One woman, who by all accounts should have been able to endure the ardors of the job, was unable to. Therefore, her entire gender is also unable to, whether or not they meet the same standards and have the 'appearance' of being able to. Surely you can see how this is fallacious? This only qualifies the argument that women should be 'kept out' of combat positions inasmuch as they are not truly physically fit enough to be able to perform such a job. This is the same standard men are held to. It does not qualify a blanket ban on all women, because they are women, regardless of their individual fitness or qualification for such a position. As per the 'Pentagon 2016' statement you have shown, actual standards for joining in a combat role will not be lowered or changed to 'accommodate' women; if such standards are insufficient to ensure that all who pass them are actually fit enough for the job, they should be raised/reworked across the board, for both genders. Undoubtedly there will still be women who are capable of passing the increased standards and performing well in said position.

1) http://ethikapolitika.org...
2) http://www.livescience.com...
3) http://sistersinarms.ca...
4) http://chrishernandezauthor.com...
5) http://www.bloomberg.com...
Debate Round No. 2
janetsanders733

Pro



This makes little to no sense, especially as part of an argument concerning rights; the existence of a draft, that involuntarily forces individuals to serve in the armed forces, is a violation of rights in and of itself. Of course women being involuntarily conscripted into the military would be a violation of their rights; it is also a violation of the rights of men who are involuntarily conscripted. This has no impact on the 'validity' of men serving in combat positions, and it has no impact on the 'validity' of women serving in combat positions. It certainly has no bearing on whether or not they should serve in combat positions voluntarily. Which is the issue being debated, if I'm not mistaken; there is a reason volunteer-only militaries are invariably better than conscripted ones, and there is a reason a majority of first world countries no longer have a 'draft'. Involuntary military service has nothing to do with this issue.”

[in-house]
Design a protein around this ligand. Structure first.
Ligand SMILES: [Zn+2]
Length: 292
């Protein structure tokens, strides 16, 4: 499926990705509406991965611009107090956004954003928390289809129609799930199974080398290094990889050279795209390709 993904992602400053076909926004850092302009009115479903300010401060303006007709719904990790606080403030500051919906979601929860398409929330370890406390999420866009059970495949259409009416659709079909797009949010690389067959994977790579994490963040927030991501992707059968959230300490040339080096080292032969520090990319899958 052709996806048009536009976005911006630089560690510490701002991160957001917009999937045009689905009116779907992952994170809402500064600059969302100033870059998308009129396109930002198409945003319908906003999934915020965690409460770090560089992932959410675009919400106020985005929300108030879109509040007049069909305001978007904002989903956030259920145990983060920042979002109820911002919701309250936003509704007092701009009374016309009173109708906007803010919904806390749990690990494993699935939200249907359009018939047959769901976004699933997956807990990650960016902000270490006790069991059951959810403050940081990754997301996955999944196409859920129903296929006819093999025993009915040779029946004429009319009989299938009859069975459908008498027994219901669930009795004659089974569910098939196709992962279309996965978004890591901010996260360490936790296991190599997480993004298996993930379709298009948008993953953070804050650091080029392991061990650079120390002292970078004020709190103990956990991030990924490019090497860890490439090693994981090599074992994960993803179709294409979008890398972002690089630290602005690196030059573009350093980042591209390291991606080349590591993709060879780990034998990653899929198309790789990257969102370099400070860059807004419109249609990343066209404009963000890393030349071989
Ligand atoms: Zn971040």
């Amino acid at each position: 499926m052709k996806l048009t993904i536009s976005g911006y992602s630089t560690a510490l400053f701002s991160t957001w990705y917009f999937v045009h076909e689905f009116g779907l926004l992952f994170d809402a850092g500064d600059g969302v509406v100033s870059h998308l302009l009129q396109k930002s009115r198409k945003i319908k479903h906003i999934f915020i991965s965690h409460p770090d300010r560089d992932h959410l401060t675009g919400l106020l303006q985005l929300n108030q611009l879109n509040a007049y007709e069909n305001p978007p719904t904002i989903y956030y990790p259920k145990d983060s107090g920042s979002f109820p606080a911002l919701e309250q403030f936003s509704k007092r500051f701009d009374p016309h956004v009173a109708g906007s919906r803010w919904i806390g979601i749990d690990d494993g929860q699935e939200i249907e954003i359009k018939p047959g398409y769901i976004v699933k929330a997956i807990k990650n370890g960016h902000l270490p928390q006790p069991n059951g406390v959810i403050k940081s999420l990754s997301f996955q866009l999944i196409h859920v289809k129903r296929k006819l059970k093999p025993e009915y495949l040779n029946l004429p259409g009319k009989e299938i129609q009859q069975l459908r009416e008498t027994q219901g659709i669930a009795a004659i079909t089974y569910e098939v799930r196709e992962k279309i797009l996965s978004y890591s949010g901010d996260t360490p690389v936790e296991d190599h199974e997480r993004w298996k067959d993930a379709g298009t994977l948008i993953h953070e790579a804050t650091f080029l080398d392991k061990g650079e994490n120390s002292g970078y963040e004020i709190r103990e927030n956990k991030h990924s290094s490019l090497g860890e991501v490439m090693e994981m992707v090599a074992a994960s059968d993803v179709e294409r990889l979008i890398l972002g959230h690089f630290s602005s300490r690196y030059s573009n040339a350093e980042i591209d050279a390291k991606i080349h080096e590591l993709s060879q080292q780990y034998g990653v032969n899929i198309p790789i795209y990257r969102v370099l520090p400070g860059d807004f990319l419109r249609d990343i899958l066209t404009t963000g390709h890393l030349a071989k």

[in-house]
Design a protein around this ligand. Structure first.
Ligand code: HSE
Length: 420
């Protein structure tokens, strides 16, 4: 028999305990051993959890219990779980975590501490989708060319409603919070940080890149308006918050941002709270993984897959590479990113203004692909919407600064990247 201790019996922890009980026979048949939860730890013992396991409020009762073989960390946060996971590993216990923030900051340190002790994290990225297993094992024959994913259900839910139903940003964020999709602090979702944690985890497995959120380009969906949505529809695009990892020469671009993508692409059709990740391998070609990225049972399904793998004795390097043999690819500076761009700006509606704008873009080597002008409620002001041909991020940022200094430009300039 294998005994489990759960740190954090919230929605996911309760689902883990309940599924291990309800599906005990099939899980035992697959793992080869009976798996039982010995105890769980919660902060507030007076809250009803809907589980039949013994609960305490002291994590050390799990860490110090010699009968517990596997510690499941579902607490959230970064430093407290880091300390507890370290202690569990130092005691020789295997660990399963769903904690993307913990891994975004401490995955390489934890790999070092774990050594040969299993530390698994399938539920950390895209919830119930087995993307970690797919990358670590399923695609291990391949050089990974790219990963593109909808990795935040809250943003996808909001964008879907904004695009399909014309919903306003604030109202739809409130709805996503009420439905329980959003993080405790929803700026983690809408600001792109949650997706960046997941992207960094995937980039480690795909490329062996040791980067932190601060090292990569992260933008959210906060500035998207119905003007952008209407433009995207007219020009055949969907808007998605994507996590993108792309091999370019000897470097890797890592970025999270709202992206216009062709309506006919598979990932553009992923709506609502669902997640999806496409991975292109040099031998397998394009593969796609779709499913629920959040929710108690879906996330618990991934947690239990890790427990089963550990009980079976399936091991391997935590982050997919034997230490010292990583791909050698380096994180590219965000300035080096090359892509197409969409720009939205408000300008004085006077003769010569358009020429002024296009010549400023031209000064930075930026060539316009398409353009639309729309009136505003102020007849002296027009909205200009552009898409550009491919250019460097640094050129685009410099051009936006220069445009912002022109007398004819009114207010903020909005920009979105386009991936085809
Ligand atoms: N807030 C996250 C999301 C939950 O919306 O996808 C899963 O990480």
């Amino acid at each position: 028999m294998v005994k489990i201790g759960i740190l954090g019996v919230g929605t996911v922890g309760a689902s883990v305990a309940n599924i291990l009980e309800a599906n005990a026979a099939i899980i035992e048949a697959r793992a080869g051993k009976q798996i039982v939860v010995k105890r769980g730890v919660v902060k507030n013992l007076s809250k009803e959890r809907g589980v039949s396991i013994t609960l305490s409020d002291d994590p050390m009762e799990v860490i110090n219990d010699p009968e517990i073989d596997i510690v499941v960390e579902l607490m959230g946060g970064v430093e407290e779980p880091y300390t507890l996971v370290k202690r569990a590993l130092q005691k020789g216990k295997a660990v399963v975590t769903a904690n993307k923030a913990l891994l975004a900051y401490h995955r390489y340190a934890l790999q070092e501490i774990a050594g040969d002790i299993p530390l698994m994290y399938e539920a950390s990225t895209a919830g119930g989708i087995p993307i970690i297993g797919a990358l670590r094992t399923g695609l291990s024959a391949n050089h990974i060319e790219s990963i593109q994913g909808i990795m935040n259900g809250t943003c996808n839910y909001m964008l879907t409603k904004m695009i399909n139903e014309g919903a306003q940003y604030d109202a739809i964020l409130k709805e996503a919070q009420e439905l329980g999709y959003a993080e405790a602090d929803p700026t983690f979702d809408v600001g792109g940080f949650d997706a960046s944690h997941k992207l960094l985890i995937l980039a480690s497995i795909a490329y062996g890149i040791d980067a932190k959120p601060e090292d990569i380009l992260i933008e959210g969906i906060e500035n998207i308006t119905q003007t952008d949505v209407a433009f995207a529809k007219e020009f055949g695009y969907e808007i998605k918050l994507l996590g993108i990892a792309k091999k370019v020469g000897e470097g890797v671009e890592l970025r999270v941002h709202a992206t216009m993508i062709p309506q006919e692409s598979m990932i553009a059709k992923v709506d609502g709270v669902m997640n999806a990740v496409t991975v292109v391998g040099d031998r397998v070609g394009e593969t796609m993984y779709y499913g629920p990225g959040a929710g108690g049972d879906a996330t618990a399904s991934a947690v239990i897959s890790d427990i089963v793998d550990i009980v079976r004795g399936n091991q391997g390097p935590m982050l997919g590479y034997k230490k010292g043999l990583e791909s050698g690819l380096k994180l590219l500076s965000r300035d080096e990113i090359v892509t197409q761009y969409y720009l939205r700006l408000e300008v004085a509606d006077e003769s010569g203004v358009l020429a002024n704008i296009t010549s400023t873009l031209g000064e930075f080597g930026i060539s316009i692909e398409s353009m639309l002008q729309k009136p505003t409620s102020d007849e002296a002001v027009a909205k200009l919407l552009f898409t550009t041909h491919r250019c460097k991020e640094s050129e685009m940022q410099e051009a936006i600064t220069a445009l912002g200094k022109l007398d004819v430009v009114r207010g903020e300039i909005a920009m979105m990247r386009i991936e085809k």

The point of this argument is not to show that women’s rights are necessarily being violated because of the draft. The point however, is to show that the few women who want this to happen make the majority of women suffer, since they want to have the same career freedom as men do. Women want many rights in this country, but women who push for this are really going to see the consequences of their actions upon the female population in America.



“I believe your comment was cut off. Combat is 'designed' for combat; it is designed for people to kill one another, in order to gain or press some advantage on their opponent, in a military sense. No gender is necessarily 'required' for this. One is only required to be physically fit, healthy and reasonably above average in strength. Modern advances and practices continue to 'lower' this bar, though a rather high level of fitness will always be required. Combat, in itself, is not qualitatively 'different' to any other physically intensive activity. You do not need to be at the total, absolute peak of physical human ability to be considered for a place in a combat role; you need only be 'good enough'. That might sound a tad stupid, but there you have it. If every single potential infantryman had to be essentially a Dionysian demigod to be considered 'fit enough', we would have no infantry; it really is as simple as that. The minimum standards for joining combat positions are objectively quite high, but it is faulty to say that women are incapable of meeting those standards, and denying at least the opportunity to those who have clearly demonstrated that they are physically capable of such a position, purely on the grounds of their gender, is not 'good forward thinking', it's sexism.”


The problem with this statement is that Con sees the standard as somewhat naïve, and just as another “physical” routine that you do. Combat is a physical and mental routine that prepares soldiers for real war. Con looks at the standard as though it were easy because he is looking at it from a male perspective. Most women would not be able to lift and carry a 200-pound man with an additional 30+ pounds of gear for several miles or more every day of infantry training. I think the Human anatomy examples clarify my point.